P S A L M S
This psalm is historical; it is a narrative of the
great mercies God had bestowed upon Israel, the great sins
wherewith they had provoked him, and the many tokens of his
displeasure they had been under for their sins. The psalmist began,
in the foregoing psalm, to relate God's wonders of old, for his own
encouragement in a difficult time; there he broke off abruptly, but
here resumes the subject, for the edification of the church, and
enlarges much upon it, showing not only how good God had been to
them, which was an earnest of further finishing mercy, but how
basely they had conducted themselves towards God, which justified
him in correcting them as he did at this time, and forbade all
complaints. Here is, I. The preface to this church history,
commanding the attention of the present age to it and recommending
it to the study of the generations to come, ver. 1-8. II. The history itself from Moses
to David; it is put into a psalm or song that it might be the
better remembered and transmitted to posterity, and that the
singing of it might affect them with the things here related, more
than they would be with a bare narrative of them. The general scope
of this psalm we have (ver.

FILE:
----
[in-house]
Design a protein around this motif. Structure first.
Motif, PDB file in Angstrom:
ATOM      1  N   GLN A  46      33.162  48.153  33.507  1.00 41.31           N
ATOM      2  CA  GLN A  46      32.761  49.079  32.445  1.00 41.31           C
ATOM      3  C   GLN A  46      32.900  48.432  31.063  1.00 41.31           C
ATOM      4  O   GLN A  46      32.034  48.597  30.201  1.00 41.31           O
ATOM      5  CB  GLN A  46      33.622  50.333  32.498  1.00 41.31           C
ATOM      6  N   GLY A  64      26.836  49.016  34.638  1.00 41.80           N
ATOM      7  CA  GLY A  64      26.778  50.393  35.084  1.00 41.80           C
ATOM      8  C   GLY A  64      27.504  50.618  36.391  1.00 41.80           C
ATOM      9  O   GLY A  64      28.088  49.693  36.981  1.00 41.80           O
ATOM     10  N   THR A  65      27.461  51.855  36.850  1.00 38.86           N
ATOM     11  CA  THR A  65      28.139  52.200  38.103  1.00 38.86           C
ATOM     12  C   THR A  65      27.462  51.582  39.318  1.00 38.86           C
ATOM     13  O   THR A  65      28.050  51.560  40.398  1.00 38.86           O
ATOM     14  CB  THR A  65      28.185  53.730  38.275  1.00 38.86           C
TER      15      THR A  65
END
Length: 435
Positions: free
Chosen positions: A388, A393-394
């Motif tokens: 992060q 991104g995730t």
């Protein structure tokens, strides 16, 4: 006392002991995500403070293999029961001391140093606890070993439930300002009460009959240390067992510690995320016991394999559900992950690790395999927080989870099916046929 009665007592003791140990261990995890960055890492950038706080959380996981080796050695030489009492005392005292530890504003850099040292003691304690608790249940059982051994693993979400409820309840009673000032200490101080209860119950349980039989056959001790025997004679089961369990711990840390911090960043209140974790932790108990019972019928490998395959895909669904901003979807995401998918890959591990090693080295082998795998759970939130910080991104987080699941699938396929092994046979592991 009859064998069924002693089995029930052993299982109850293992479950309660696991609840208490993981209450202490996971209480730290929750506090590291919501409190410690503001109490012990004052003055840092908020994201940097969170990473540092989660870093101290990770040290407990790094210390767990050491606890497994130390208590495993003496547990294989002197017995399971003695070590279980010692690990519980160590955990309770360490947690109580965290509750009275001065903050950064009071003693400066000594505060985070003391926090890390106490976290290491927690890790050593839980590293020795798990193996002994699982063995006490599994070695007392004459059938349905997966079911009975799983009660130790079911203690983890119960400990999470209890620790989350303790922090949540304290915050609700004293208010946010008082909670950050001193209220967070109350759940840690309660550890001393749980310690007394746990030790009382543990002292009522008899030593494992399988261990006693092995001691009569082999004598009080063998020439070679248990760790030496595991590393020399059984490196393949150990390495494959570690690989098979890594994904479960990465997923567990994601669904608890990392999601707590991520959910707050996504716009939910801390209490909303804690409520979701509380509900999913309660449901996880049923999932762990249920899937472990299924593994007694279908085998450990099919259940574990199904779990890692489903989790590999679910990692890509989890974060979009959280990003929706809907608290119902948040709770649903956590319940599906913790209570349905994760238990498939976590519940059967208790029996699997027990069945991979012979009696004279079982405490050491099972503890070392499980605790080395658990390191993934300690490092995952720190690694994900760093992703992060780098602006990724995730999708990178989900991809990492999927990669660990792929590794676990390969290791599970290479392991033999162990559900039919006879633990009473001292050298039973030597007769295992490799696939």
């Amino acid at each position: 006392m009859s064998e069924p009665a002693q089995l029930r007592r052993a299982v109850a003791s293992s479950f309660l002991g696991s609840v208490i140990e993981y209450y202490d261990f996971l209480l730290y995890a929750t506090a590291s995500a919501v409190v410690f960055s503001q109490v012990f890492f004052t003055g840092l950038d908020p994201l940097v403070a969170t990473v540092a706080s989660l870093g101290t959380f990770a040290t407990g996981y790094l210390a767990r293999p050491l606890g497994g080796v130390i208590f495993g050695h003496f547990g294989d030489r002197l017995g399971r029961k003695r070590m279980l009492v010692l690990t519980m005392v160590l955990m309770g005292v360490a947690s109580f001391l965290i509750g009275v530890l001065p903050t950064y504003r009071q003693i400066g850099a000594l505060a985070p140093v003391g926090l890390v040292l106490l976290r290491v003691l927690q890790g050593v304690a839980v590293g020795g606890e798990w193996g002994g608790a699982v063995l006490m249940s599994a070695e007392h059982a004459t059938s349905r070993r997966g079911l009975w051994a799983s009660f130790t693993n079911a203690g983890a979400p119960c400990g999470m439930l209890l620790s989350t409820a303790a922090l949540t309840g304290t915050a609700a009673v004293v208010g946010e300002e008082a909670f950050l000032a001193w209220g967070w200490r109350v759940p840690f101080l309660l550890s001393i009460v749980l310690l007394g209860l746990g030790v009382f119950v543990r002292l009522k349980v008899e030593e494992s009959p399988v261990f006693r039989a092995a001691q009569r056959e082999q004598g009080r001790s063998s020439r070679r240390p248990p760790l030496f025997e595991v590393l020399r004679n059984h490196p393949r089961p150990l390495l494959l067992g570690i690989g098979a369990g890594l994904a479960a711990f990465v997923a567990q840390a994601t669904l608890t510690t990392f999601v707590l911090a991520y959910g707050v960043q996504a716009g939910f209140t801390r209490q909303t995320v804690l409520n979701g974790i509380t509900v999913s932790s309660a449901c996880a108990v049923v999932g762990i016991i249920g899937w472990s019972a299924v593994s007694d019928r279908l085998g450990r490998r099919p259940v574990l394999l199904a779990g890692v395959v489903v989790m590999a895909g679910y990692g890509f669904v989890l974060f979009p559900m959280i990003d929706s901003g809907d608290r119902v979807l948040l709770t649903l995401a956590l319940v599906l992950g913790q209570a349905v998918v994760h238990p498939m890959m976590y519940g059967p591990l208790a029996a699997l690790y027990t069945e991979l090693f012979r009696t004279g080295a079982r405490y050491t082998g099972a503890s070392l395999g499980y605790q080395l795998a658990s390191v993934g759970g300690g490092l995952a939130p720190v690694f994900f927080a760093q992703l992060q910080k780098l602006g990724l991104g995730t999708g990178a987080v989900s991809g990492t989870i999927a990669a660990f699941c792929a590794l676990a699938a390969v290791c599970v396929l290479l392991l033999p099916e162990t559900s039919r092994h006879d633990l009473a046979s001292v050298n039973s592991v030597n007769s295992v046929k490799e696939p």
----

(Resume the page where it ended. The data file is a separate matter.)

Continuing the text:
9-11) where notice is taken of the present rebukes they
were under (ver. 9), the sin
which brought them under those rebukes (ver. 10), and the mercies of God to them
formerly, which aggravated that sin, ver. 11. As to the particulars, we are here
told, 1. What wonderful works God had wrought for them in bringing
them out of Egypt (ver.
12-16), providing for them in the wilderness (ver. 23-29), plaguing and ruining
their enemies (ver.
43-53), and at length putting them in possession of the
land of promise, ver. 54,
55. 2. How ungrateful they were to God for his favours
to them and how many and great provocations they were guilty of.
How they murmured against God and distrusted him (ver. 17-20), and did but
counterfeit repentance and submission when he punished them
(ver. 34-37), thus
grieving and tempting him, ver.
40-42. How they affronted God with their idolatries
after they came to Canaan, ver.
56-58. 3. How God had justly punished them for their
sins (ver. 21, 22) in
the wilderness, making their sin their punishment (ver. 29-33), and now, of late,
when the ark was taken by the Philistines, ver. 59-64. 4. How graciously God had
spared them and returned in mercy to them, notwithstanding their
provocations. He had forgiven them formerly (ver. 38, 39), and now, of late, had
removed the judgments they had brought upon themselves, and brought
them under a happy establishment both in church and state,
ver. 65-72. As the
general scope of this psalm may be of use to us in the singing of
it, to put us upon recollecting what God has done for us and for
his church formerly, and what we have done against him, so the
particulars also may be of use to us, for warning against those
sins of unbelief and ingratitude which Israel of old was
notoriously guilty of, and the record of which was preserved for
our learning. "These things happened unto them for ensamples,"
1 Cor. x. 11; Heb. iv.